ABOUT THE ARTIST
Patrick McGrath Muñiz is a Houston based artist from Puerto Rico, working primarily with oil paintings on canvas and retablos. His work is inspired after Old Master and Spanish colonial paintings while addressing issues such as colonialism, consumerism and climate change.
Some of his previous solo shows have been at Museo de las Americas, San Juan, PR, Museo Convento Las Capuchinas in Antigua, Guatemala, Mesa Contemporary Arts Museum, Mesa, Arizona and the Fort Worth Community Arts Center, Fort Worth, Texas. Patrick's work has also been shown at the Bronx Museum, NY, Spanish Colonial Arts Museum, Santa Fe, NM, Museo de Arte de Puerto Rico and The Station Museum, Houston, TX.
He obtained a BFA (Magna Cum Laude) in Fine Arts from the School of Fine Arts of San Juan, Puerto Rico in 2003 and an MFA (Suma Cum Laude) from the Savannah College of Art and Design in 2006. Patrick's work can be found at the Albuquerque Museum of Art and History, The Spanish Colonial Arts Museum in Santa Fe, New Mexico, and the Mesa Contemporary Art Museum, in Mesa, Arizona as well as a number of private collections in the United States, Europe, and Latin America.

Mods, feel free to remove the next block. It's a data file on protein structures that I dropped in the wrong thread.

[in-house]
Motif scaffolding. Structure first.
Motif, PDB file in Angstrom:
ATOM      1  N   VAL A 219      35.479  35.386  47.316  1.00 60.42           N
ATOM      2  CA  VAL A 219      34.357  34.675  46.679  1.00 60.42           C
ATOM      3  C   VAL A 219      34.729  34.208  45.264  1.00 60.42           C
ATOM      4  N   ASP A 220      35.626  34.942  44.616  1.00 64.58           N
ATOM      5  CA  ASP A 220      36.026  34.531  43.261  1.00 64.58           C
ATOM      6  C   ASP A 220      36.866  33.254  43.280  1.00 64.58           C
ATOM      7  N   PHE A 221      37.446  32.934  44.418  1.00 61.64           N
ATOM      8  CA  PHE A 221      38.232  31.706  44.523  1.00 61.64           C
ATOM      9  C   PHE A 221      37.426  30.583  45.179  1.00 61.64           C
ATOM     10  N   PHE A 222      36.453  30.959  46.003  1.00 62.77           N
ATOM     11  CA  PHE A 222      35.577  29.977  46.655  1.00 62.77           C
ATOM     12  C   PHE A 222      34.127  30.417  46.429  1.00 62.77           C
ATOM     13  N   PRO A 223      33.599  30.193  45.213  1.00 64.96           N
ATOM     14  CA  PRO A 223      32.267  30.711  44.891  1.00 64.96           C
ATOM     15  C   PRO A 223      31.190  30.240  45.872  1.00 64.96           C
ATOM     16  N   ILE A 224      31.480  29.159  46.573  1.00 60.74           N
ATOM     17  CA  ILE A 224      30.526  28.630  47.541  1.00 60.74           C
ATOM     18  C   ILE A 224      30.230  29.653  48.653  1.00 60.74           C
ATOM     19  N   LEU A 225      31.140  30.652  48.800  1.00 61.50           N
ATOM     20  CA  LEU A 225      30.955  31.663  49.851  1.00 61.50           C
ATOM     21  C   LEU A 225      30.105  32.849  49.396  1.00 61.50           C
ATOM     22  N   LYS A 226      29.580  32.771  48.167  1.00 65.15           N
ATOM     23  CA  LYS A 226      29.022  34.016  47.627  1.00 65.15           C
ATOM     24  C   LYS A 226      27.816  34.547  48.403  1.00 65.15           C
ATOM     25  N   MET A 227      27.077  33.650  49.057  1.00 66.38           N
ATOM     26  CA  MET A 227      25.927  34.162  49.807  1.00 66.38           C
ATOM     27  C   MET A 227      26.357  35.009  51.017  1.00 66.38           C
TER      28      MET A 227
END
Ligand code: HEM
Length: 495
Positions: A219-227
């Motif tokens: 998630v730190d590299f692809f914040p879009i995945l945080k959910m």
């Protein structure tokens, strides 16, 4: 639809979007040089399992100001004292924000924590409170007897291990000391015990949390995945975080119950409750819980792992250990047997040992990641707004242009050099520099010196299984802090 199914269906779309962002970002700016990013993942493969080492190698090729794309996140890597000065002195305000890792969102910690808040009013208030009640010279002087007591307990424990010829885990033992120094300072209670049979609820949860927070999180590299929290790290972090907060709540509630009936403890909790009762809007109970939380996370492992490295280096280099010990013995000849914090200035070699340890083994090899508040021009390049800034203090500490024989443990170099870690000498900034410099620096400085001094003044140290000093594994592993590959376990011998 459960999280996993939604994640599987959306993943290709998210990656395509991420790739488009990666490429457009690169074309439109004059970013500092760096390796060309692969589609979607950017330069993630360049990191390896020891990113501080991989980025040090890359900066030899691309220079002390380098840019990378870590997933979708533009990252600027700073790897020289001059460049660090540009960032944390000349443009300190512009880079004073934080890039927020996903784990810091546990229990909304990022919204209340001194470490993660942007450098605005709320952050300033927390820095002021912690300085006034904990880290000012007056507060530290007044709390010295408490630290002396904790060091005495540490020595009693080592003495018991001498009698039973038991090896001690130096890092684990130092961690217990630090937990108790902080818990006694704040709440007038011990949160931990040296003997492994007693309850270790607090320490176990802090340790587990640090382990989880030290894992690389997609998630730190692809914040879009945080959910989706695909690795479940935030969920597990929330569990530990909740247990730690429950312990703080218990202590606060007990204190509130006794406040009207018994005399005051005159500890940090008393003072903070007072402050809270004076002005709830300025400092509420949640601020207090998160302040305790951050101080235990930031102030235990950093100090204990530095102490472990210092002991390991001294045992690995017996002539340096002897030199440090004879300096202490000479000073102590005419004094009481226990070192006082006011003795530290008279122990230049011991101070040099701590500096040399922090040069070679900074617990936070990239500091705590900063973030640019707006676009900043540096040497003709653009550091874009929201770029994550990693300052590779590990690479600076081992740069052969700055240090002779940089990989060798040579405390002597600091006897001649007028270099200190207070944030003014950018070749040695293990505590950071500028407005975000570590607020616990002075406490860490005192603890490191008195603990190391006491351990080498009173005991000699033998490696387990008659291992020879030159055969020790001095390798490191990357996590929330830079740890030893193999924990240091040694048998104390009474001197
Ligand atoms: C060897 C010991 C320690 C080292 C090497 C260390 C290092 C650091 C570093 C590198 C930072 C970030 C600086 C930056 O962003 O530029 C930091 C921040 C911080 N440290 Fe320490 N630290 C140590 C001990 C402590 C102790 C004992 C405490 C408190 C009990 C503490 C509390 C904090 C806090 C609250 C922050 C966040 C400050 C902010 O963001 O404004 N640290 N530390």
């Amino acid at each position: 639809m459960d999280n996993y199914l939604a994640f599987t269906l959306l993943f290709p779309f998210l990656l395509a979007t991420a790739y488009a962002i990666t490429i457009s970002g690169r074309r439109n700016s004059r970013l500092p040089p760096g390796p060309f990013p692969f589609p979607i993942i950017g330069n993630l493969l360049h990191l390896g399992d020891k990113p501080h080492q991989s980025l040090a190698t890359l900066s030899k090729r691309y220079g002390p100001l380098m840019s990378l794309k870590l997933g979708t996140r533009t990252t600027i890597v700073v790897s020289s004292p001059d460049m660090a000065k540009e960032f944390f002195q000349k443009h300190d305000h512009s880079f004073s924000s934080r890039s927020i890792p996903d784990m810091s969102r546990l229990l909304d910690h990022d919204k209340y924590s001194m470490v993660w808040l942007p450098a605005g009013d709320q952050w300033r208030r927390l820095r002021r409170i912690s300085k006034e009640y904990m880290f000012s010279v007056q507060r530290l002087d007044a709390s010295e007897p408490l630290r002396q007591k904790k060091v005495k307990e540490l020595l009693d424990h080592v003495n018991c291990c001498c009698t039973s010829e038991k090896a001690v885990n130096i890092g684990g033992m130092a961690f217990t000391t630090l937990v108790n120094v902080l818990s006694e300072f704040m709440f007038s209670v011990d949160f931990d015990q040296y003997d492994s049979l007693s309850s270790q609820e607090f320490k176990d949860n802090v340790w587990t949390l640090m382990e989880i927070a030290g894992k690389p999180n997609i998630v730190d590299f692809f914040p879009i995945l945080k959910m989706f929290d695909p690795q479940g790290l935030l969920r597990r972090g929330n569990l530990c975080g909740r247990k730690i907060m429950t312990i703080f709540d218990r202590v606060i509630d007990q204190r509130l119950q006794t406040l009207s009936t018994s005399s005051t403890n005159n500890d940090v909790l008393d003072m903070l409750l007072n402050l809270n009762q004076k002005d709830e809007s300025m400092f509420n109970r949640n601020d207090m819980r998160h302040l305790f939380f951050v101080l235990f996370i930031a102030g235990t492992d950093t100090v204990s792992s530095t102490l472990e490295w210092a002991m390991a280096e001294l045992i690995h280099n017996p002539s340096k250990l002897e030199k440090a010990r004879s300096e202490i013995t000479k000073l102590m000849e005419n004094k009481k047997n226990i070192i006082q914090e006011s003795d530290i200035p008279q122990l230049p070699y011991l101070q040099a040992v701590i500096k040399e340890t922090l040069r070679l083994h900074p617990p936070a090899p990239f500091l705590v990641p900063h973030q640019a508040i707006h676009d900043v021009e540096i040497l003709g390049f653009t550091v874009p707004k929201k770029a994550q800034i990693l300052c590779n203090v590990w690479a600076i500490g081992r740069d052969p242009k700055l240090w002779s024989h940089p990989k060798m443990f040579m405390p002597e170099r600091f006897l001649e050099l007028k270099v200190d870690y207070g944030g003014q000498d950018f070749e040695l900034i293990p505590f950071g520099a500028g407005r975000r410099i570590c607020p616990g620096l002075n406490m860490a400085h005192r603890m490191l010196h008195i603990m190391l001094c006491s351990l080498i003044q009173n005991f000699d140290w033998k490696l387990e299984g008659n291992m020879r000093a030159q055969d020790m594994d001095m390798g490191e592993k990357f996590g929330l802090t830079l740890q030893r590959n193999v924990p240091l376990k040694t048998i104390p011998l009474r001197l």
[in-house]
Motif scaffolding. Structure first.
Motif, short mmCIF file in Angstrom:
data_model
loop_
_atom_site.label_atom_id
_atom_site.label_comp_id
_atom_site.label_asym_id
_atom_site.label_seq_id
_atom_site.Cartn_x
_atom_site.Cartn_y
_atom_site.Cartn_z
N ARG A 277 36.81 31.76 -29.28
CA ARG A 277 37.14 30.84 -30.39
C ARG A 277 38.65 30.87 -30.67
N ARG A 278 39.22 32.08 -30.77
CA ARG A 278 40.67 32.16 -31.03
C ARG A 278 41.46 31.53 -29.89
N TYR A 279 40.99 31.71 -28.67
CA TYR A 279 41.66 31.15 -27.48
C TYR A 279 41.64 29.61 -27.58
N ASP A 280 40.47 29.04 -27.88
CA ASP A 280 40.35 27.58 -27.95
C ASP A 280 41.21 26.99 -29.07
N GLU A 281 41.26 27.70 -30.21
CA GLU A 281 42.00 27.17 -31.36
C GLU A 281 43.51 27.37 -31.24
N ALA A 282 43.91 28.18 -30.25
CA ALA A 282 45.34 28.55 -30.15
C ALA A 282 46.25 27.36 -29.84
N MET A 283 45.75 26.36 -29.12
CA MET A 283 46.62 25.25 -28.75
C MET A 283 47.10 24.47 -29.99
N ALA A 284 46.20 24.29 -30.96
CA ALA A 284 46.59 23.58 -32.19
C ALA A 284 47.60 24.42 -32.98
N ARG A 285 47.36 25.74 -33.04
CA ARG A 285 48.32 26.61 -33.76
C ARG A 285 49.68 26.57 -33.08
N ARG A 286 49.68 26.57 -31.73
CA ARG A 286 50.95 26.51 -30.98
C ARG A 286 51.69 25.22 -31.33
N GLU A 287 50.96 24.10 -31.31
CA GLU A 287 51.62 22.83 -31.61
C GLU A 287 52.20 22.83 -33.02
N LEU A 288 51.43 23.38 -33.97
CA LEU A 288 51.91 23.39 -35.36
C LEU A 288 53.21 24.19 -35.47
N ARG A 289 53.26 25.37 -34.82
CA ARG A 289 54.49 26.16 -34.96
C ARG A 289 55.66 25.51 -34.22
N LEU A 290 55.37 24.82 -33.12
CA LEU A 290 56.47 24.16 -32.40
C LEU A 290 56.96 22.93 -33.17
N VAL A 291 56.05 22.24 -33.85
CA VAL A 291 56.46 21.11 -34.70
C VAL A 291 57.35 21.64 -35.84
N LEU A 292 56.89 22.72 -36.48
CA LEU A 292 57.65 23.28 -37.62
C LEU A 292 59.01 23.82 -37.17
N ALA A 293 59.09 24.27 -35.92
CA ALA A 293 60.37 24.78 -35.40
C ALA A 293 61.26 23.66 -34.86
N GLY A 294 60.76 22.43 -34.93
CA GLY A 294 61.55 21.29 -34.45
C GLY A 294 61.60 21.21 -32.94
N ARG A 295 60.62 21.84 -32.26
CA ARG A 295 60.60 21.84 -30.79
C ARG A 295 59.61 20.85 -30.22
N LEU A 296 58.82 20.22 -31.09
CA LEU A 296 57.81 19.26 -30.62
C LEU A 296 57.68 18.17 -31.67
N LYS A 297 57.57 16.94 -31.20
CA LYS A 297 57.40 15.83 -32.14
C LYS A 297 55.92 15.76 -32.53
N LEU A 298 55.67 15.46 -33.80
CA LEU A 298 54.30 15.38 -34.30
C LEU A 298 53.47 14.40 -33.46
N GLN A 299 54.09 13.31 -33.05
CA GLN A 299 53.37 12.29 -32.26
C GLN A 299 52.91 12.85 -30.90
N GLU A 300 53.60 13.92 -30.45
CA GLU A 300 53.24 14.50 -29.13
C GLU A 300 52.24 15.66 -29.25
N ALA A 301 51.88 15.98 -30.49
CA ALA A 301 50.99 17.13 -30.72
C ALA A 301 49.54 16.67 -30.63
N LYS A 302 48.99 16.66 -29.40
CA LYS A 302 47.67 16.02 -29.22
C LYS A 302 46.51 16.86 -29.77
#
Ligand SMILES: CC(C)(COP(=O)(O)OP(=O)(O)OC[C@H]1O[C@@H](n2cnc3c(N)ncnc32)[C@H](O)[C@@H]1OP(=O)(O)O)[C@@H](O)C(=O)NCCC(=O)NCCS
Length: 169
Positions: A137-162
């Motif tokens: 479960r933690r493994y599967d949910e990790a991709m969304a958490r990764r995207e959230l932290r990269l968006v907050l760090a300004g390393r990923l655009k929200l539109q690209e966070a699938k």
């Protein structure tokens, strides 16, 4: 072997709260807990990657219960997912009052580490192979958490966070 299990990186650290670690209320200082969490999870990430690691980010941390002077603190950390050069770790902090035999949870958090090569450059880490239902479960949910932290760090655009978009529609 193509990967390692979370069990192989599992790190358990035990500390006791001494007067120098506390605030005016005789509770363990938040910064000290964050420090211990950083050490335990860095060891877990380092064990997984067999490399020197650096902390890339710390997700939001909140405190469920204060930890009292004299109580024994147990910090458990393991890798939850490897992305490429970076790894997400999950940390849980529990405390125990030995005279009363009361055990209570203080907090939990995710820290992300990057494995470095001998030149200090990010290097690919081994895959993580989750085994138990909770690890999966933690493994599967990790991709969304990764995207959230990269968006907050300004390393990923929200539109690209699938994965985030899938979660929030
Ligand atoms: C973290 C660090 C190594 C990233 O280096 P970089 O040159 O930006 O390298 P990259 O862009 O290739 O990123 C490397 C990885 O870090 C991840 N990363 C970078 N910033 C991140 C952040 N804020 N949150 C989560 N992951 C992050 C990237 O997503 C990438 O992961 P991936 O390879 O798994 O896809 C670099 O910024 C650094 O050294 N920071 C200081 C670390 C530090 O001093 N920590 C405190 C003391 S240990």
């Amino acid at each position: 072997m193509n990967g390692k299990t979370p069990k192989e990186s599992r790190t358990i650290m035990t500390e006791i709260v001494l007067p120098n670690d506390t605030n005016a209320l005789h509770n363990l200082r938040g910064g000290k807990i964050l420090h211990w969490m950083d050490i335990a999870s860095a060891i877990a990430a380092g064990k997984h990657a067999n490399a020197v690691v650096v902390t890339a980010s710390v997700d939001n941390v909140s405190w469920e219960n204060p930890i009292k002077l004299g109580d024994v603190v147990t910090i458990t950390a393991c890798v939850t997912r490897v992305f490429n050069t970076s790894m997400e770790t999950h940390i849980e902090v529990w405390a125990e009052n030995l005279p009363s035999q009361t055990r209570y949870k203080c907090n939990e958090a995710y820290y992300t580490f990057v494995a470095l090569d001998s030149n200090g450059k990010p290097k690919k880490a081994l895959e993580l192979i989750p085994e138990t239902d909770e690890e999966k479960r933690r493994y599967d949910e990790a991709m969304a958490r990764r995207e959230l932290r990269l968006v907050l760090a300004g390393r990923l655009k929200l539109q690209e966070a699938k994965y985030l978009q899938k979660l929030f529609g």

As an artist living in Houston, with a Roman Catholic background and growing up during the 1980's and 90's in the island of Puerto Rico, the oldest colony in the Western hemisphere, my work responds to our capitalist and consumerist society by tracing its origins to the time of Columbus. Adopting Renaissance painting techniques on canvas and retablos reminiscent of Spanish colonial art, allows me to emulate earlier indoctrination strategies and devices from the time of the conquest of the Americas. This in turn provides historical continuity between the Colonial and the Neo-colonial narratives present in the Anthropocene, an epoch defined by the enormous impact of human activities on the Earth's ecosystems. Through satirical narratives, anachronisms and a re-contextualization of history I'm able to explore and shed light on the colonial roots of the ruling Corpocracy with its Neo-colonial ramifications. By appropriating figures and icons from History, Mythology, Tarot, Spanish Colonial Iconography and Pop Culture, I create scenes that mirror my own experience living in a world impacted by technology, climate change, social inequality and pandemics. The aim is to reflect on how our capitalist doctrines and consumerist habits have modified our appreciation towards history, nature and ourselves.
To see a YouTube brief video of the evolution of my work over two decades click the image below: